Use fail2ban on Ubuntu
Last updated on: 2020-08-19
Authored by: John Garcia
This article describes how to install the Fail2Ban service on Ubuntu 20.04.
What is Fail2Ban?
Fail2Ban is intrusion prevention software that you can use to protect servers from malicious threats such as brute-force attacks.
Before you install Fail2Ban, it is good practice always to ensure your server is up to date. Execute the following command to update the current versions of packages installed on your server:
root@server-01:~# sudo apt-get upgrade
Note: The preceding command provides a summary of packages to be upgraded and prompts you with the required additional space for the installation. Type “y” to continue with the upgrade.
Execute the following command to begin the installation:
root@server-01:~# sudo apt-get install fail2ban
Note: At the additional space prompt, type “y” to continue with the upgrade.
Verify that Fail2Ban is installed and running with the following command:
root@server-01:~# sudo systemctl status fail2ban fail2ban.service - Fail2Ban Service Loaded: loaded (/lib/systemd/system/fail2ban.service; enabled; vendor preset> Active: active (running) since Fri 2020-07-31 00:23:21 UTC; 42min ago
If Fail2ban is not running at any time, you can start it with the following command:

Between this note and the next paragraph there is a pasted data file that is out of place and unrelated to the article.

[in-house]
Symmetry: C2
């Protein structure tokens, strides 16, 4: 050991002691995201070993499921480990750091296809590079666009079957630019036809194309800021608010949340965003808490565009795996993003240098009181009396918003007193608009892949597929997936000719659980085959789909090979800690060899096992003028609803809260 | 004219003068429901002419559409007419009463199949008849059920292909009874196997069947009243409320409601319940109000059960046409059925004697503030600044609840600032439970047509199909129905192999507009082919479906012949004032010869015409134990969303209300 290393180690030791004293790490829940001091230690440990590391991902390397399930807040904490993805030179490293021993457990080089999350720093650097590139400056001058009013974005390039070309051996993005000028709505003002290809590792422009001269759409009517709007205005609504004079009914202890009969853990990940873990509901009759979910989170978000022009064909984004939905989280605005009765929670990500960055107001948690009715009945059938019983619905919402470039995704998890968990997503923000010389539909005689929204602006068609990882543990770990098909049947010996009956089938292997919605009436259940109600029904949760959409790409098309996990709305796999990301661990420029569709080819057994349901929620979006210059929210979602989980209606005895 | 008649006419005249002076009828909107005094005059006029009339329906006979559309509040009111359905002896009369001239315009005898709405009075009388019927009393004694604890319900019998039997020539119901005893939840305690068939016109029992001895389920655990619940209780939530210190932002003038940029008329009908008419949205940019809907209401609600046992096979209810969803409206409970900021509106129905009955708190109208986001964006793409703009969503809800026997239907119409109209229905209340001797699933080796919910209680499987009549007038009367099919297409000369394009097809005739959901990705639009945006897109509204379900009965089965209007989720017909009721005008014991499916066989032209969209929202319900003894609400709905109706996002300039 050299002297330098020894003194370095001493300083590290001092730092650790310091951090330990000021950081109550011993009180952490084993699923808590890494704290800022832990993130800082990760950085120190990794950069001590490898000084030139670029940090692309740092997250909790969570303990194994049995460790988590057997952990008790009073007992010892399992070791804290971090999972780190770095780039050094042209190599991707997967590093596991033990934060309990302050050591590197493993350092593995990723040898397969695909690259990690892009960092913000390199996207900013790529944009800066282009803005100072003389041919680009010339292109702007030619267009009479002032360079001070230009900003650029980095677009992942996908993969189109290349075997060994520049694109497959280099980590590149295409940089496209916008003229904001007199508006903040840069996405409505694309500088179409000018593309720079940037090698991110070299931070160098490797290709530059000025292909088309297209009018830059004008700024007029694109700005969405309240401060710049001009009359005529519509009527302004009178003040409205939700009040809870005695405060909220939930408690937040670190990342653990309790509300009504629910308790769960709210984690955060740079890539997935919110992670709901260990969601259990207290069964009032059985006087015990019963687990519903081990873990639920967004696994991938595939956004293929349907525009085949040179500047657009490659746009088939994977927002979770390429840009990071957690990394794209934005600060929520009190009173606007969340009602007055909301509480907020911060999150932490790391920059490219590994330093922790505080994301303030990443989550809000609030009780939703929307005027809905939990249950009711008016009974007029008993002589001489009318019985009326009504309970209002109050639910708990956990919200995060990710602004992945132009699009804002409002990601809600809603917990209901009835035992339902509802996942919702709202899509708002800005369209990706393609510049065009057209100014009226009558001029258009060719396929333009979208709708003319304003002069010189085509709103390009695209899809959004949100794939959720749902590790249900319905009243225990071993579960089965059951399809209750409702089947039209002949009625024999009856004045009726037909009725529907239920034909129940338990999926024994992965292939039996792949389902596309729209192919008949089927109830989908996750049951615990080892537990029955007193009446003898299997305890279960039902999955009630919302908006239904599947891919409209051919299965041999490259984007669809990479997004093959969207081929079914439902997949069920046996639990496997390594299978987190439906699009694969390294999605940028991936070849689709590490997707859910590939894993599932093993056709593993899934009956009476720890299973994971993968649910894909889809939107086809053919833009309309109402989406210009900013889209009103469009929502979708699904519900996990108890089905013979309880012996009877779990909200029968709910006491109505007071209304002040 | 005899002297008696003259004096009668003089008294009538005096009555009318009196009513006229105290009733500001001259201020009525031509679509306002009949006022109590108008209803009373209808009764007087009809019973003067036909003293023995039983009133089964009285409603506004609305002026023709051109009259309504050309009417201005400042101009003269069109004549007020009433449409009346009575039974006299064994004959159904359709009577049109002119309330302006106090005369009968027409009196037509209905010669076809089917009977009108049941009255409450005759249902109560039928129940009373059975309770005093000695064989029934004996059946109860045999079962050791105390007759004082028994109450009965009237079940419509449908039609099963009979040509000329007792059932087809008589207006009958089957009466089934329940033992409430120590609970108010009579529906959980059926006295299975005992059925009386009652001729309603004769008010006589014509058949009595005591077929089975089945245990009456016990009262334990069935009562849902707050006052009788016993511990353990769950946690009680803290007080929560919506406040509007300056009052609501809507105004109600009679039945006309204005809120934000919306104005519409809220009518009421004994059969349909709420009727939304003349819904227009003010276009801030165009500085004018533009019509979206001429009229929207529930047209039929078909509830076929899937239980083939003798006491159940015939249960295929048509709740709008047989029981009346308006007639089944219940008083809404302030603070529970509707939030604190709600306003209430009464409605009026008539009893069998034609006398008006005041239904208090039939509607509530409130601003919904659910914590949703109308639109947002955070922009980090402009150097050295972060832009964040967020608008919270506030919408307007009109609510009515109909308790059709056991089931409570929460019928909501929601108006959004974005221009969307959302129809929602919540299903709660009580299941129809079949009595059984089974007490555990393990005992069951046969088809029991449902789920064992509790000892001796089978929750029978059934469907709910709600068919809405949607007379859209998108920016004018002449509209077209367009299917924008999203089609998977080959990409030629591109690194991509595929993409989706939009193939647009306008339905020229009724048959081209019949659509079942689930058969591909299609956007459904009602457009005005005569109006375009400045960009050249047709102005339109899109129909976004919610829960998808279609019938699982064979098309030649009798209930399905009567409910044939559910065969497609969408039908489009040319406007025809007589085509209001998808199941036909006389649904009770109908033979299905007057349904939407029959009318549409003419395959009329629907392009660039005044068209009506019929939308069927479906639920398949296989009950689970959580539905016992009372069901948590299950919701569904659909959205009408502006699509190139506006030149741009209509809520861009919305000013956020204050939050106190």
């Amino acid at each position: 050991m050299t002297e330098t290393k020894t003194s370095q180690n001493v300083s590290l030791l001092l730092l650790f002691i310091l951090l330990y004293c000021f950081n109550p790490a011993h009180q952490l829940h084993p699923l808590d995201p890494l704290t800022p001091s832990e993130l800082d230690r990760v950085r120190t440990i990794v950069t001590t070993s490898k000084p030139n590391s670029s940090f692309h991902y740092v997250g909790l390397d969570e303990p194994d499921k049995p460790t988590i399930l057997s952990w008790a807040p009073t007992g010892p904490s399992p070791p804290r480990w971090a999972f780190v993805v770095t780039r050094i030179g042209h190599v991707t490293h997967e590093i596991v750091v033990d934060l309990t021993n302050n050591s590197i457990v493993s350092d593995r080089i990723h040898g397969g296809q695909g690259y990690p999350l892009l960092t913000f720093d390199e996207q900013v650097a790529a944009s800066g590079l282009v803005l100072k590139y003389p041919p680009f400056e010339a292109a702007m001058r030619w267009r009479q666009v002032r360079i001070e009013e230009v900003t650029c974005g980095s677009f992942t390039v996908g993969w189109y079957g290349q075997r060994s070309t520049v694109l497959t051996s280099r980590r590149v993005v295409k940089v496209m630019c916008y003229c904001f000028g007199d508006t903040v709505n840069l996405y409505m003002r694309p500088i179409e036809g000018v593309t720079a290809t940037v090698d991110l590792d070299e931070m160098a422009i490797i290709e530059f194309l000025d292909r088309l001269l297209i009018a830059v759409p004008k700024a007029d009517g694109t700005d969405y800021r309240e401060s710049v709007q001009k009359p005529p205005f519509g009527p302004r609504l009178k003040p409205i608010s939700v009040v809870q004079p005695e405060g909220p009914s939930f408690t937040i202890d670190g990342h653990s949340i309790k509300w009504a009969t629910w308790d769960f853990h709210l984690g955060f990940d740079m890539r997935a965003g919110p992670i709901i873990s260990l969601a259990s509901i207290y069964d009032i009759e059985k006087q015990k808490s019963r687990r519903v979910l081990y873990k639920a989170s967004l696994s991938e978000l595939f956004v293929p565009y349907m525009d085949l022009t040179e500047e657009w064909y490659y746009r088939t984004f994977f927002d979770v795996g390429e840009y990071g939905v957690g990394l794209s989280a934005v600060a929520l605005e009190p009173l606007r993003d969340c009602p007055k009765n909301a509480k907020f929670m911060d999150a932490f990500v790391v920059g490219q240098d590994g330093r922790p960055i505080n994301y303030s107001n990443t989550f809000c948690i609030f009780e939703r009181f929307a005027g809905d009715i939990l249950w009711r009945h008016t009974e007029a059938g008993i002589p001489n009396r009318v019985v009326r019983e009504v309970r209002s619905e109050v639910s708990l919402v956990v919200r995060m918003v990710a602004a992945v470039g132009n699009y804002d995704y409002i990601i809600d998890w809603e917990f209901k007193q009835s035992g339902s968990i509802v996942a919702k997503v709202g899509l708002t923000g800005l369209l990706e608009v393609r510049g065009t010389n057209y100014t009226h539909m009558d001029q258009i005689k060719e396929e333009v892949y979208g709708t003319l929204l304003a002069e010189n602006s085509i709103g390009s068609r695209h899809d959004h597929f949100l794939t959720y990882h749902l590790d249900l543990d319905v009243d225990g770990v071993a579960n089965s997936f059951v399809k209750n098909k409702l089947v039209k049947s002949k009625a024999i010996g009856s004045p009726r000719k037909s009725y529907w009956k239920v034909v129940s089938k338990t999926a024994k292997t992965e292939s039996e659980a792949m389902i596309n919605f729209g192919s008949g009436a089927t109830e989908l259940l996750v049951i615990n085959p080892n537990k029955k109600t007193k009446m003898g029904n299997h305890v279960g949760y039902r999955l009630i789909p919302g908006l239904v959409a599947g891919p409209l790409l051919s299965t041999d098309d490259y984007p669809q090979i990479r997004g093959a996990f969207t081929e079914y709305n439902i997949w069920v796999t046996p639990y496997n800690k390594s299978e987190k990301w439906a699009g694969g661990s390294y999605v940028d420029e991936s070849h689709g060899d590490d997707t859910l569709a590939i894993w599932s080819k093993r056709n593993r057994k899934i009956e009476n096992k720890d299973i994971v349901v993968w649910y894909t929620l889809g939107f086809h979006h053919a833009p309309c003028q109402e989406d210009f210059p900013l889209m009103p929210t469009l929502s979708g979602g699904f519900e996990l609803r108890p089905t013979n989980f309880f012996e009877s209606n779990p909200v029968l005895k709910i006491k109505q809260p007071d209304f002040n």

root@server-01:~# sudo systemctl start fail2ban
Set Fail2Ban to start at boot with the following command:
root@server-01:~# sudo systemctl enable fail2ban Synchronizing state of fail2ban.service with SysV service script with /lib/systemd/systemd-sysv-install. Executing: /lib/systemd/systemd-sysv-install enable fail2ban
You should not update the Fail2Ban default configuration files, fail2ban.conf and jail.conf. Instead, create new empty files fail2ban.local and jail.local, or copy the .conf files to create the .local files.
You can copy the existing .conf file to create the .local file with the following command:
root@server-01:~# sudo cp /etc/fail2ban/jail.conf /etc/fail2ban/jail.local
Make any Fail2Ban configuration changes to only the .local files using your favorite text editor. The following examples are commonly configured items:
- ignoreip: Specified addresses that are not be banned by criteria.
- bantime: Specified length of time that ban lasts.
- maxretry: Specified number of login failures, before being banned.
Numerous other fields are configurable, and you can find those descriptions within the .local file.
The following example shows a basic ban setting from within the jail.local file and sets the
bantime to 10 minutes and
maxretry to three attempts.
# "bantime" is the number of seconds that a host is banned. bantime = 10m # A host is banned if it has generated "maxretry" during the last "findtime" # seconds. findtime = 10m # "maxretry" is the number of failures before a host get banned. maxretry = 3
The following example shows three unsuccessful login attempts and the resulting IP address ban.
[user@test ~]$ ssh firstname.lastname@example.org email@example.com's password: Permission denied, please try again. firstname.lastname@example.org's password: Permission denied, please try again. email@example.com's password: Permission denied (publickey,password). [user@test ~]$ ssh firstname.lastname@example.org ssh: connect to host 220.127.116.11 port 22: Connection refused